Part of the fun of travel is the chance to participate in another way of life. There’s no better means of doing this than to get involved with one of the many colorful festivals taking place each year around the globe. Whichever continent you’re heading to, there’s sure to be something fantastic. Here, we look at five of the best.
Rio de Janeiro Carnival, Brazil
This needs no introduction. Attracting more than two million party-goers daily onto the streets of Rio de Janeiro, it runs for six days at the beginning of Lent. Rio’s samba schools are the driving force, and their colorful floats and dancers pack the streets for the main parade. However, the carnival also includes plenty of other festivities, in which anyone can join in and show off their samba moves.
Maralal Camel Derby, Kenya
If you find yourself in Kenya in August, you might want to head north to the small desert town of Maralal for its camel derby. Attracting participants and spectators from all over the world, competition is intense, although some riders show better control over their camels than others.
MassKara Festival, Philippines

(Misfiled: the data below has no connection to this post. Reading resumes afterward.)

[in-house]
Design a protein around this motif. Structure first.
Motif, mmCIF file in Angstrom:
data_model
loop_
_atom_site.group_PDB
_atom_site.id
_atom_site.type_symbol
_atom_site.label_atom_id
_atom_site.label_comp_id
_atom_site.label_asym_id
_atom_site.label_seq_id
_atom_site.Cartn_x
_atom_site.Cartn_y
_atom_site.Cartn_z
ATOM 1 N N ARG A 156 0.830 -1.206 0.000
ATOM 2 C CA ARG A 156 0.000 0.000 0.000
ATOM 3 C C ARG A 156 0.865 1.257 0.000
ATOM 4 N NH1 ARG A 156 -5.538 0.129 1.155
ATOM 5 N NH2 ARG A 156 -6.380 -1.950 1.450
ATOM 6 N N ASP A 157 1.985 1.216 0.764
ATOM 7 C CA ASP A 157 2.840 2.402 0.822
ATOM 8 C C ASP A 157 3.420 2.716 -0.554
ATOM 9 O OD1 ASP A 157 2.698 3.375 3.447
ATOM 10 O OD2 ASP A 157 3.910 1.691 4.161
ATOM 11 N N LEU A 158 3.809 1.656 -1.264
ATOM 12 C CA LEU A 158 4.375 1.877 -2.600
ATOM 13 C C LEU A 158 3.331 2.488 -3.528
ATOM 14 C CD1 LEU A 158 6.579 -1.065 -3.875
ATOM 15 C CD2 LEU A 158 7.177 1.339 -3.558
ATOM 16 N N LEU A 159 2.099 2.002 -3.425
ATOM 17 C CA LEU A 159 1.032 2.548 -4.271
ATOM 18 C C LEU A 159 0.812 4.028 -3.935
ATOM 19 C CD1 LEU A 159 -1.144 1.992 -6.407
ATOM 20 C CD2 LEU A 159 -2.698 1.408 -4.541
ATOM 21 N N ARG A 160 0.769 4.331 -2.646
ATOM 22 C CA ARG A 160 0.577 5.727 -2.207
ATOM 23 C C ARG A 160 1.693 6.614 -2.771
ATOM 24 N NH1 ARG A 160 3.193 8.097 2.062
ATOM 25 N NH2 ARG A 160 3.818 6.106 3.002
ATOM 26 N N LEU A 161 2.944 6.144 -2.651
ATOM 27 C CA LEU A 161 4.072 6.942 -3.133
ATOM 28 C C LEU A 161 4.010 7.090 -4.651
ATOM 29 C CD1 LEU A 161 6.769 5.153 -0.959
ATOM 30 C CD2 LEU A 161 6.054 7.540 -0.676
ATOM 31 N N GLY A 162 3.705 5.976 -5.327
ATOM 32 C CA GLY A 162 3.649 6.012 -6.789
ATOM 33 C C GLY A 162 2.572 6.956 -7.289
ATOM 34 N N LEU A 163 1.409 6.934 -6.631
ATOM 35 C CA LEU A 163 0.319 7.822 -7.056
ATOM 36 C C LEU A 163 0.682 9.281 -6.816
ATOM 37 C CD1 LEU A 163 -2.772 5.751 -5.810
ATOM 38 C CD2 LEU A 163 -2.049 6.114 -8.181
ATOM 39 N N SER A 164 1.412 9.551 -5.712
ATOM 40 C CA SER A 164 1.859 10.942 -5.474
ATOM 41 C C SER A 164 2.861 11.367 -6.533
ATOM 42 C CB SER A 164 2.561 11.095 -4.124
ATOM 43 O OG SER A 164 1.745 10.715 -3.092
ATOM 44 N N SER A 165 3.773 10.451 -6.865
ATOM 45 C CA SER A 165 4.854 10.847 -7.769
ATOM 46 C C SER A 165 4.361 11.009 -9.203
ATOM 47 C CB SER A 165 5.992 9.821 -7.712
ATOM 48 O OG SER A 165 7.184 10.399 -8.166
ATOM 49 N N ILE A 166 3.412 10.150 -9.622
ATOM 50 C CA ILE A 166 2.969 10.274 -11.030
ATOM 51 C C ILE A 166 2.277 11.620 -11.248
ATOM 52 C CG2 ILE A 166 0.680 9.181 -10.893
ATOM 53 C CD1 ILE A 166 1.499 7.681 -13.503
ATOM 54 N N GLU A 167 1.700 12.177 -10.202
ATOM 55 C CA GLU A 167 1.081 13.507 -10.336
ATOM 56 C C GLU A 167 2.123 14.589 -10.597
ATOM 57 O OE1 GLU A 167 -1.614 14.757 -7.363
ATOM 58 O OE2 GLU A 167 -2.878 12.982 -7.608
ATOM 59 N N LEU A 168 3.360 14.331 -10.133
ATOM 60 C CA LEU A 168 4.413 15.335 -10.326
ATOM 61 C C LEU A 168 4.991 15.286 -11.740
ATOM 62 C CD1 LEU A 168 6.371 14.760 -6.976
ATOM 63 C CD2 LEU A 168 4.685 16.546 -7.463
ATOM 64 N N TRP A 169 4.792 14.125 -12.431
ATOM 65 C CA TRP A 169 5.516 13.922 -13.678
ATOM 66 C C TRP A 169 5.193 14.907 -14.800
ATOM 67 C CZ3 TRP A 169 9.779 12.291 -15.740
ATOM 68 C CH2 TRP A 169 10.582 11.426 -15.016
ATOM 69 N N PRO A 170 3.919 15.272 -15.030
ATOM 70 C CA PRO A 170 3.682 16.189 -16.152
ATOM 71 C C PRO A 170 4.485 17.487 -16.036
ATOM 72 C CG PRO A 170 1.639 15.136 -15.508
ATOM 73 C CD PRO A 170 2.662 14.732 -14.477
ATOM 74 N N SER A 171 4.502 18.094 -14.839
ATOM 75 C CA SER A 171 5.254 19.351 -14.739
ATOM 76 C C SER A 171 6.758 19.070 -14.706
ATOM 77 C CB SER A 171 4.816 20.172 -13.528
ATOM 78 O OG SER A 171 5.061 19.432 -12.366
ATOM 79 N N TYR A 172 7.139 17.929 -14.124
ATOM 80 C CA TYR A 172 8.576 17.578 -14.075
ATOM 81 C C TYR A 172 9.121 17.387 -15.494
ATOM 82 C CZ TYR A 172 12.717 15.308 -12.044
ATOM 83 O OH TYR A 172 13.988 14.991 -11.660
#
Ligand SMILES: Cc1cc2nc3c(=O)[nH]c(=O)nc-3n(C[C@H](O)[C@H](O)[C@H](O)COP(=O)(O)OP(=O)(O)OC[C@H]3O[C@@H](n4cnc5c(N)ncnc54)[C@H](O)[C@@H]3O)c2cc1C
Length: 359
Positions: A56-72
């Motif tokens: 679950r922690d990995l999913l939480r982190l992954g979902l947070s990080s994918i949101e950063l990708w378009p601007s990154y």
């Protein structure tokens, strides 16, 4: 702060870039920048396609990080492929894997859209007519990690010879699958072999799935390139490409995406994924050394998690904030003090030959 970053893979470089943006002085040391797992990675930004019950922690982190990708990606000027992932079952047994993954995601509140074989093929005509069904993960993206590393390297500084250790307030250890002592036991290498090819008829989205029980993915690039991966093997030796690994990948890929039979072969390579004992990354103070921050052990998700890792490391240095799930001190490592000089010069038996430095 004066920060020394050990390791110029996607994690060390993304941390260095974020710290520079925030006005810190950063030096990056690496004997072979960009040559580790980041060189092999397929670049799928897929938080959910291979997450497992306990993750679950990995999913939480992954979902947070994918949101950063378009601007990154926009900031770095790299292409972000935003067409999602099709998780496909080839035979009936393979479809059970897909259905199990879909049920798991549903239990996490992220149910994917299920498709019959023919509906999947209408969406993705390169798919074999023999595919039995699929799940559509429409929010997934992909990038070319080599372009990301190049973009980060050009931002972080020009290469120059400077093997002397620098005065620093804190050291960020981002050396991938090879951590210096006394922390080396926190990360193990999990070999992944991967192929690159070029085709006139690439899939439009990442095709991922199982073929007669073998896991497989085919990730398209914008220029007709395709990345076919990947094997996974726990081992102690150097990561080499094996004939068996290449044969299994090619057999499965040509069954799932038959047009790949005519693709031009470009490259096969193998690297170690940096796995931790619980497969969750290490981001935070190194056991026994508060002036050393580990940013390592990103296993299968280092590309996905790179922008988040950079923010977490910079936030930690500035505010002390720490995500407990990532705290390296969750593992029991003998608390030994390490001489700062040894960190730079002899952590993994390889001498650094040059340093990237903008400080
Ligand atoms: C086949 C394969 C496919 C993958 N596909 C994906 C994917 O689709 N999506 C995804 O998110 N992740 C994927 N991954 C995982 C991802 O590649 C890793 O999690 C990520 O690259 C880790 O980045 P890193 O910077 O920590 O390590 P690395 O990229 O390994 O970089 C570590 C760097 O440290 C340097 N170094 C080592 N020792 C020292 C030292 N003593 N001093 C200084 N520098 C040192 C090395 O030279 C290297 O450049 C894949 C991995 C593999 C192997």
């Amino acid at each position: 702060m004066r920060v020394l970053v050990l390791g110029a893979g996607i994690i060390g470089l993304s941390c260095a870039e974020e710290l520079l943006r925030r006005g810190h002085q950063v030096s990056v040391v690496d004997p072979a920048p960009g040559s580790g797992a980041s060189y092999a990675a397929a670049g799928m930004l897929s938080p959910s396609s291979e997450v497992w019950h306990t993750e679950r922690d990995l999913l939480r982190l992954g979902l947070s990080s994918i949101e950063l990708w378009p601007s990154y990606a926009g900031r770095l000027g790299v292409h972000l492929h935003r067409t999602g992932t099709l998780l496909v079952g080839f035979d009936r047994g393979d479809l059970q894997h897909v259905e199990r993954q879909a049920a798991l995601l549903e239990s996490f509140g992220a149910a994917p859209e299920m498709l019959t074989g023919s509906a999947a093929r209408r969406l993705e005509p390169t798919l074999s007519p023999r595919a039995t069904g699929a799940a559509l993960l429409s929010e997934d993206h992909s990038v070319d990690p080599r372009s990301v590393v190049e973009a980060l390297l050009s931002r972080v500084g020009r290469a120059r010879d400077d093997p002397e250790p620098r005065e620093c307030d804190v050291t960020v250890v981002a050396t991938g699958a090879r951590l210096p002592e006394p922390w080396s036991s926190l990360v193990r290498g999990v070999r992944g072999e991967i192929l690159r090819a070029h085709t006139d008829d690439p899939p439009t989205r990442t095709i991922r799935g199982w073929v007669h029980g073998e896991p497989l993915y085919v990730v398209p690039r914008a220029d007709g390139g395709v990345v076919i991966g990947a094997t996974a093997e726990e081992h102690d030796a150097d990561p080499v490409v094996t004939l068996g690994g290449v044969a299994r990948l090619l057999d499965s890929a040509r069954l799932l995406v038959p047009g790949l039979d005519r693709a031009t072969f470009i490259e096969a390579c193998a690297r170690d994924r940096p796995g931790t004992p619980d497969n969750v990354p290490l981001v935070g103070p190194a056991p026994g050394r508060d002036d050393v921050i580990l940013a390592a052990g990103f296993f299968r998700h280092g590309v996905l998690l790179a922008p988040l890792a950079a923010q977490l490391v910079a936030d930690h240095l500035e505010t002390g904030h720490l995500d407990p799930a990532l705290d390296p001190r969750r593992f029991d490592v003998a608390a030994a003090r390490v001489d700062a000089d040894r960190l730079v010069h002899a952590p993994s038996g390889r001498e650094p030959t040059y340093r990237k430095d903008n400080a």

The Philippines is not yet a regular stop on the backpacker trail but you’ll be missing out if you don’t go. So much the better if you can time your visit around the MassKara festival. Held in Bacolod City and named for the smiling masks worn by participants, it includes a street dance competition, a beauty pageant and music. Characterized by the friendliness of its participants, it’s a popular festival so accommodation requires planning ahead. Luckily, real estate in the Philippines is booming, and you can easily find the best condos on Zipmatch, whether you want to rent or to buy.
The Venice Carnival, Italy
Dating back to the fourteenth century, Venice’s annual carnival is Europe’s oldest. Beginning after Christmas and running until the day before Lent, it attracts more than three million visitors annually. Many are tempted by the bright masks worn by carnival-goers, some of whom may be hoping to carry away the prize awarded to the most beautiful mask. Originally introduced to blur the distinction between the nobility in their fine clothes and ordinary people who could never hope to afford garments of the same quality, the masks remain popular today among Venetians and tourists alike.
Marking the victory of good over evil, this Hindu festival of colors is celebrated in the north of India during the full moon in March. Unwary travelers venturing onto the streets can expect to return to their hostel or hotel with their clothes covered in brightly colored powder, or soaking wet from water balloons. However, this is still one of the best and most exuberant festivals in the world. People of all ages flock into the streets to perform religious rituals in front of huge bonfires, exchange greetings, dance and, yes, throw handfuls of colored powder around.